Franchisees have paid to learn proven operating procedures from their franchisors. The best franchise owners don’t deviate from these systems. They focus on high-level execution. While you may have your own approach to sales, you’ll probably get the best results by replicating the ways of other successful people. Your company, your MLM brand or your licensor probably has identified the tactics that work best. No need to outsmart them. You’ll excel a lot faster by executing on these methods rather than trying to figure it out on your own. In time, you’ll naturally refine these systems based on experience. Until then, just copy others who are doing well.
Stop Upselling and Start Upserving
Sales can get predatory. It’s the reason why sales professionals get a bad rap. We’ve all been on the receiving end of unwanted pitches by pushy peddlers who are clearly there to take, rather than to give. Our instincts are to resist, even when the product may actually be something we need. To prevent this resistance, change your philosophy.
Great franchise owners see their products and services as a way to enhance people’s lives. They want to make money by making a difference. That might happen by providing long-term home care for an elderly parent, or a quick frozen treat that sweetens someone’s day. It might come in the form of a bigger ticket. It always comes in the form of a better experience. Whatever they sell, high-performers always have the same approach: improve customers’ lives.
Instead of fulfilling your need to sell, identify what the customer genuinely needs to live or work at a higher level. By concentrating on helping people, you’ll put more value out there. That builds better relationships, and in turn, better sales.
Surround Yourself With a Team
One of the benefits of franchise ownership is being part of a larger system. Not all franchisees take advantage of their network. The best ones do. They seek help from their owner colleagues and offer help to others. They collaborate with their franchisor. They work hard to represent and build the brand as much as their own business. Sales leaders thrive when they’re part of a sales force. It’s so much easier to keep your skills sharp and your spirit alive when you approach your work collaboratively. Stay connected to your home office and others in the field.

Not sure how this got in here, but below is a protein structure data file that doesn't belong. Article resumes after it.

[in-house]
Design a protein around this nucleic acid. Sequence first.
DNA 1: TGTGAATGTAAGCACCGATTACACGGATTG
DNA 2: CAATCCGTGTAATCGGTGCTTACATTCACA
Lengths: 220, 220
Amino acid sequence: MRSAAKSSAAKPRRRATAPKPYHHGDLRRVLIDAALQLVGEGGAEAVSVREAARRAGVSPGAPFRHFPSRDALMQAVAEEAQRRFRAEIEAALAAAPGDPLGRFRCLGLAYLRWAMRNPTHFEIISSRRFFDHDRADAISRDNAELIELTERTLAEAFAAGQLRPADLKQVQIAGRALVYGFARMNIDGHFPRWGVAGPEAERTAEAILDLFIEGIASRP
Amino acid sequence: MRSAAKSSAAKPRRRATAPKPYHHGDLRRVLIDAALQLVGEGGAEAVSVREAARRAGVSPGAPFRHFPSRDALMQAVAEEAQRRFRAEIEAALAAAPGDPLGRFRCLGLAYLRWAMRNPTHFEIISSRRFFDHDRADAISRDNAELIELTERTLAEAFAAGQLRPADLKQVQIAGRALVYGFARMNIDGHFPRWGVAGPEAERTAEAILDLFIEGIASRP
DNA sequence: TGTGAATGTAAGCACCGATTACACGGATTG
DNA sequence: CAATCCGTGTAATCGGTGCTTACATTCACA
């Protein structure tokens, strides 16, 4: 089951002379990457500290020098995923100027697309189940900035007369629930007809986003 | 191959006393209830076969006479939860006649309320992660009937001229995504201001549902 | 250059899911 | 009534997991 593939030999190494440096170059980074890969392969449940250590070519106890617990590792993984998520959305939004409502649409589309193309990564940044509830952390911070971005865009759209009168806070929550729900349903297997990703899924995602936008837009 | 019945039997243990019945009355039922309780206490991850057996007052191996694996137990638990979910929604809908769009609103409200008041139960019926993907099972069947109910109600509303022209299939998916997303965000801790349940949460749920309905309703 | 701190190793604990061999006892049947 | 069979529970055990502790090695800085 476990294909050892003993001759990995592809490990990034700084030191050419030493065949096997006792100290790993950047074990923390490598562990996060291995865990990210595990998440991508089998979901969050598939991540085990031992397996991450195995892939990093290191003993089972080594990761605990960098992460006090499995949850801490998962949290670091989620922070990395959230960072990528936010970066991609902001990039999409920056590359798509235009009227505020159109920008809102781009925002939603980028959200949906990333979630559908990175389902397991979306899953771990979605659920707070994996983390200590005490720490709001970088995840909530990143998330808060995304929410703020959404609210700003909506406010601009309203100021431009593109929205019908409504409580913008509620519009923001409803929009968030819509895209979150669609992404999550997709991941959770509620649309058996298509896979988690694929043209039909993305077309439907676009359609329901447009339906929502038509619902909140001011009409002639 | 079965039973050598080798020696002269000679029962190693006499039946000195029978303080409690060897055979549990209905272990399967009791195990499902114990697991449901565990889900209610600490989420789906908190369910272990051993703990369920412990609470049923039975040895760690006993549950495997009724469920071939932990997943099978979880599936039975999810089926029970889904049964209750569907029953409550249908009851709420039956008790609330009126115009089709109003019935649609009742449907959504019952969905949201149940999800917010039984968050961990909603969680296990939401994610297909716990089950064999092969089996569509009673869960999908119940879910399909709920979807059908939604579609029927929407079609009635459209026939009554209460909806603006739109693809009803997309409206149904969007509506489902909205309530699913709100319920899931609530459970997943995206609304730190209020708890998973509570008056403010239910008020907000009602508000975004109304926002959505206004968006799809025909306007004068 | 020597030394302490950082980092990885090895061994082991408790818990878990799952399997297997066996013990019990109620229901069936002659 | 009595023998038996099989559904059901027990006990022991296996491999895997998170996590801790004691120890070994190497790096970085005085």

It’s a thrill to bet your income on your performance. In an environment where you have to sell, you get immediate feedback. The trick is to use this feedback to know what to do, rather than on how to feel. It takes a big heart, thick skin and a long-term commitment. But it’s so worth it. Whether you’re a franchisee or a sales leader, if you can develop the skill set and maintain the mindset needed for success at selling, you’re going to have plenty of money to do a lot of buying.
Scott Greenberg is an internationally recognized speaker, author and coach who helps franchise owners grow their businesses, build high-performing teams and create unforgettable customer experiences. For 10 years, he was a multi-unit franchise owner with Edible Arrangements, winning Best Customer Service and Manager of the Year awards out of more than 1,000 locations worldwide. He shares many more insights in his book, “The Wealthy Franchisee.”